Troops of the 7th North Staffordshire march from Baladjari to reinforce
Binagadi Hill on August 31.
One of the two Martinsyde G. 100 Elephants of No.72 squadron, Royal Air
Force attached to “Dunsterforce” stands by for its next mission.
A 6-inch artillery piece manned by Armenian and British gunners engages
the Turks as the struggle for Baku reaches its climax. The Turks ultimately won
out, though they would not hold their prize for long.
Baku sat on the southern shore of a narrow spit of land that
stuck out into the western side of the Caspian Sea. A series of cliffs to the
east of the city were dominated by the railroad that crept from the west to service
the oil fields to the northwest of the town and then circled eastward to Baku’s
seaport. Beyond the cliffs, a succession of ridges formed the high ground of
the tiny peninsula, among which gathered a number of salt lakes and marshes. It
was on that high ground, from which they could study the enemy’s movements,
that Stokes and the other British officers decided they could best defend the
city. Thus the Turkish charge that struck the North Staffordshires atop the Mud
Volcano on the morning of August 26 was expected.
The Turks attacked with more than 1,000 men, supported by cavalry
and artillery. Four times the Staffords threw them back, but with no sign of
their expected Armenian reinforcements they were eventually forced to abandon their
position atop the volcano after losing all of their officers and 80 men.
Dunsterville rushed reinforcements from Baku aboard a
caravan of careening trucks. Sixty Staffords and 70 Warwicks arrived on the
scene too late to help and were forced to join the dozen or so survivors as
they retreated to new positions among the oil derricks east of the volcano. A
company of the 9th Worcesters joined them there in mid-aftemoon.
The position atop the volcano had been the key to
Dunsterville’s entire line, and when its defenders were forced to retreat, the
whole 19-mile front was obliged to fall back to an inner line of prepared
positions. By early afternoon, the volcano was in Turkish hands.
At the same time as they attacked the volcano, the Turks
moved out from the village of Novkhany on the north side of the peninsula,
where a sunken road allowed them to approach close to the British lines while
under cover. They charged a hill east of the village of Binagadi, held by a
battalion of Armenian conscripts. When word reached them of the attack on the
volcano, a company of North Staffords was told to abandon their positions at
Diga and reinforce the Armenians on Binagadi Hill. When they reached the crest,
however, the British found it deserted, with 250 Turks coming up the opposite
side. The company lost 10 men killed and wounded before it threw back the
attack with a hail of lead from its Lewis machine guns and rifles at
point-blank range. A second assault was also repelled, and the men breathed
easier when they saw the Turks retire toward Novkhany.
Dunsterville found his fallback position was a crooked,
unsatisfactory line, inferior to the first. In addition, the Turks now
commanded the heights atop the volcano and were bombarding the city with artillery
fire. Also disturbing was the news that conscripts had abandoned the Armenian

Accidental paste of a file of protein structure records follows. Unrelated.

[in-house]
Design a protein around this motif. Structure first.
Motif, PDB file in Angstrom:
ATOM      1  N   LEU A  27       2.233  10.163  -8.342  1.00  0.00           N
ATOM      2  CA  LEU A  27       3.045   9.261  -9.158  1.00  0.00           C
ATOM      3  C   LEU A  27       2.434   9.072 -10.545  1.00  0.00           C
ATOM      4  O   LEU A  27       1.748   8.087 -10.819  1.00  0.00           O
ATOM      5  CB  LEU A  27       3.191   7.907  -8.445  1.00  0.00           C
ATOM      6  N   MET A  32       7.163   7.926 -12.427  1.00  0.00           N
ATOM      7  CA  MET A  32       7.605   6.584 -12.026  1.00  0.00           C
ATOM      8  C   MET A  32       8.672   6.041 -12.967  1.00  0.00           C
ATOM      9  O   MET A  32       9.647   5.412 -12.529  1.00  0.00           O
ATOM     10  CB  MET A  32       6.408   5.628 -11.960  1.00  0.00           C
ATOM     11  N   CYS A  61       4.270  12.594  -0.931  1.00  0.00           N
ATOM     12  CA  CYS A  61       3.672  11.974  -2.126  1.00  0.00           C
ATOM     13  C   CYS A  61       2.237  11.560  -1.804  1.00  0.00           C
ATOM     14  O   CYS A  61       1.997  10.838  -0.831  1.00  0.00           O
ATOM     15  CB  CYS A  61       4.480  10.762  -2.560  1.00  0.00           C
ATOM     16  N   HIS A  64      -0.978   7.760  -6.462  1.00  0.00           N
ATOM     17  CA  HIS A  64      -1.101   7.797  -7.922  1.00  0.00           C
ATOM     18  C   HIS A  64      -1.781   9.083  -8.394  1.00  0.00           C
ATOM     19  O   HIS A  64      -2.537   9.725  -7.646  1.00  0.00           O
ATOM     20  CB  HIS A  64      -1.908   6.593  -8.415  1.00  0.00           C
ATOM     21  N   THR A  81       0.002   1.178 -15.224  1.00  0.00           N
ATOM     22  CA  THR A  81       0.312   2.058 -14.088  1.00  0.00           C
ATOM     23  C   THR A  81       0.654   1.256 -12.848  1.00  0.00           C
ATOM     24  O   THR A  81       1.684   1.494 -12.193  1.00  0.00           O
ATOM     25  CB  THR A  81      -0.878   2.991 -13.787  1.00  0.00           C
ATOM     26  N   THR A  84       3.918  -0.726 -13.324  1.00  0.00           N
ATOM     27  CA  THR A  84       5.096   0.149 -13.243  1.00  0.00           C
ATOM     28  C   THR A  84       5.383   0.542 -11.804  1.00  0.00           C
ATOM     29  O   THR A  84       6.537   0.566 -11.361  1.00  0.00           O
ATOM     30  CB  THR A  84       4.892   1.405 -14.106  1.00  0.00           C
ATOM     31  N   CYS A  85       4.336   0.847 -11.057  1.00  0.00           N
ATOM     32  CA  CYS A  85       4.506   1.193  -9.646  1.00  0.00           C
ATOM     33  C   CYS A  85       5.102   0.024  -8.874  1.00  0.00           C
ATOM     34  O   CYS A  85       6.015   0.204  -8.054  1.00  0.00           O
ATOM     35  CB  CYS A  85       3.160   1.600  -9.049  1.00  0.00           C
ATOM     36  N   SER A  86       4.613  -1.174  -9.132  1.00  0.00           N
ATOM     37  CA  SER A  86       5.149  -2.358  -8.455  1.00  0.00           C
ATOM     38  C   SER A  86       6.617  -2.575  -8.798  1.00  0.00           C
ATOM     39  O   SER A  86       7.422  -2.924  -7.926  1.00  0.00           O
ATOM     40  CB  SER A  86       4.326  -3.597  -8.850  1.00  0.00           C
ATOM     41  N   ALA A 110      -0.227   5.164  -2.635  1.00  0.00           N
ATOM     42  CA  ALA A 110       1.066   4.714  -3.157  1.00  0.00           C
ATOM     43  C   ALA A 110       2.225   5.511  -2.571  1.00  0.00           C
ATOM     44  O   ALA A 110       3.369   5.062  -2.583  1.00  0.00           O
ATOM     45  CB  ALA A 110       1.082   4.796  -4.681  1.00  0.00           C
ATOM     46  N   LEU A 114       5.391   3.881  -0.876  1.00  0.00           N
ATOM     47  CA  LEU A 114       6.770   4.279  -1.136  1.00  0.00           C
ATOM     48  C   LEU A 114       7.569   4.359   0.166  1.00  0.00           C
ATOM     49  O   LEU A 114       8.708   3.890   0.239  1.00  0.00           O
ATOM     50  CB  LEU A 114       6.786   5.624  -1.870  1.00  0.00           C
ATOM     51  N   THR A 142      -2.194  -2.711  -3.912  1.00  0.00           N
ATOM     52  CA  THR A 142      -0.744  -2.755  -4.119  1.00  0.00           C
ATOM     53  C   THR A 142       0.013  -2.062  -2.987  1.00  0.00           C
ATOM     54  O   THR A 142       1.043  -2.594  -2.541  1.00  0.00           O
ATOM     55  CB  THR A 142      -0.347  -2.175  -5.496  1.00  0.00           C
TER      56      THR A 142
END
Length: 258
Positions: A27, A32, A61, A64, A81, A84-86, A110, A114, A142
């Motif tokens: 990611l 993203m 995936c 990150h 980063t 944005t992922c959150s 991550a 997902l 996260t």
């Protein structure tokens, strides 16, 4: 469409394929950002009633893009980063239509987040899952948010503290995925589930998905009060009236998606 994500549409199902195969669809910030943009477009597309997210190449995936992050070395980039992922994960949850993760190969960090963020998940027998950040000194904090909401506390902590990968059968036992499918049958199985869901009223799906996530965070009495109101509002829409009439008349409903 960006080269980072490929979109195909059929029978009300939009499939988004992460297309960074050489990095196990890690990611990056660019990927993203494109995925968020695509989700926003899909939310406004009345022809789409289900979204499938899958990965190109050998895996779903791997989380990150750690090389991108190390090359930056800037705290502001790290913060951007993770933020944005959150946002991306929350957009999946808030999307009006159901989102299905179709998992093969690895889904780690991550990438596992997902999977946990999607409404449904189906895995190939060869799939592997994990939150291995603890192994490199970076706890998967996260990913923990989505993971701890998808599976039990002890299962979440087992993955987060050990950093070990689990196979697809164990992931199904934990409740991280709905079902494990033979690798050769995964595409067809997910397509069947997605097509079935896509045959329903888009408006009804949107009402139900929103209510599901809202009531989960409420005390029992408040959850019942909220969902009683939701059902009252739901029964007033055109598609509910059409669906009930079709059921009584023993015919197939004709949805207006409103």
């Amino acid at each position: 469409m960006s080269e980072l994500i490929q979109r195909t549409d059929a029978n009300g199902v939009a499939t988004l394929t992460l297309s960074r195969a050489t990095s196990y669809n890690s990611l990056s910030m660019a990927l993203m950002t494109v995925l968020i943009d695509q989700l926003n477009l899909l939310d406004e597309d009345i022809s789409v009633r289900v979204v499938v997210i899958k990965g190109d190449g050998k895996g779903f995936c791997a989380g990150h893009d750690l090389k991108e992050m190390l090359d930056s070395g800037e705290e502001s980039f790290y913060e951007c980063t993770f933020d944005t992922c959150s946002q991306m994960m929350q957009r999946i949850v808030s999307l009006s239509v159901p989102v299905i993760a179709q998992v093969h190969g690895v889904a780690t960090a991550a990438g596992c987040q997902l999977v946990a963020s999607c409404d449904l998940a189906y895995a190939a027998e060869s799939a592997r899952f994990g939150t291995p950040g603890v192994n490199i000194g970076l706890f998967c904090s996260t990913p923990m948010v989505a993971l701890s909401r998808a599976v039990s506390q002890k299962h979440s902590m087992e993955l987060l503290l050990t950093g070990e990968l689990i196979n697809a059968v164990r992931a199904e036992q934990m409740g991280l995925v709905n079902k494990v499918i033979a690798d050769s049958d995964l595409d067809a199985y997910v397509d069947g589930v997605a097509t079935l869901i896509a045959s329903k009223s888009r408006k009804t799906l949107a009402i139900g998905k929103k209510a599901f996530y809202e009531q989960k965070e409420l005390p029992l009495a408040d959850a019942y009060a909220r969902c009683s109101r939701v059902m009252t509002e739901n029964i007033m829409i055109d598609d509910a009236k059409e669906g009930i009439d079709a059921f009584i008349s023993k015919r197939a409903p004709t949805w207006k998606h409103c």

hilltop. It seemed to be the same everywhere-while his men fought off the
Turks, the local militia loitered in town and Russian soldiers attended
political meetings. Dunsterville faced a difficult dilemma-if his men were all
that stood between the Turks and Baku, they were surely doomed to failure, but
if he decided to abandon the city, he would be leaving the valuable oil fields
in enemy hands.
Talks with the Baku government yielded glib promises from
the local commander, a General Dukuchayev, that his forces would fight to the
death. The central committee adamantly resisted Dunsterville’s more realistic
suggestion-that they prepare to destroy the oil fields-since its members
considered them the city’s only claim to importance.
Meanwhile, the Turkish shelling increased. The Hotel
d’Europe, Dunsterville’s headquarters, was reduced to rubble, forcing him to
relocate to another hotel. That building too came under accurate fire, and the
British began to suspect that there was a spy in their midst. After the war,
they learned that a Turkish colonel, disguised as a Tartar fodder merchant, had
been spotting for the enemy artillery all along.
On August 31, Mursal Pasha struck again at Binagadi Hill.
Early that morning, the 7th North Staffords under the command of Lieutenant R.
C. Petty brushed off a strong enemy patrol, then reported that at least 500
Turks were forming up to attack. The British quickly shifted a company of
Warwicks to the center of the oil derricks near Binagadi Hill to be held in
reserve, and sent an armored train filled with Russians to Baladjari village to
pin down the enemy at the Mud Volcano. At 6 a. m. Turkish machine guns and
artillery opened an enfilading fire on the men on Binagadi Hill, inflicting
heavy casualties. With Lieutenant Petty dead, the British survivors retreated
to a fallback position called Warwick Castle. A nearby Armenian unit took too
long to react, arriving long after the hill had been abandoned. The Armenian
reinforcements failed to hold their new position on the right, however, and the
retreat of another battalion on the left made Warwick Castle indefensible. The
remainder of the Warwicks then made a fighting retreat through a forest of oil
derricks to the northeast. A second company of Warwicks, ordered to plug the
gap in the new line, found the position amid the derricks too weak. After
nightfall, everyone was pulled farther back to Baladjari.
Angry at the sight of hundreds of demoralized Russian troops
streaming through the streets of Baku even as his own men were dying in their
defense, Dunsterville fired off none-too-polite letters to General Dukuchayev,
who tried to soothe the British officer by inviting him to attend a council of
war. That meeting devolved into a series of long-winded speeches suggesting
unlikely plans for the city’s defense. “Stalky” expressed his disgust
with his allies by walking out of the meeting.
All this time Dunsterville had kept his navy, now grown to
four ships, close at hand in Baku’s port. On September 1, he notified the
central committee that there was nothing more his men could do for the city so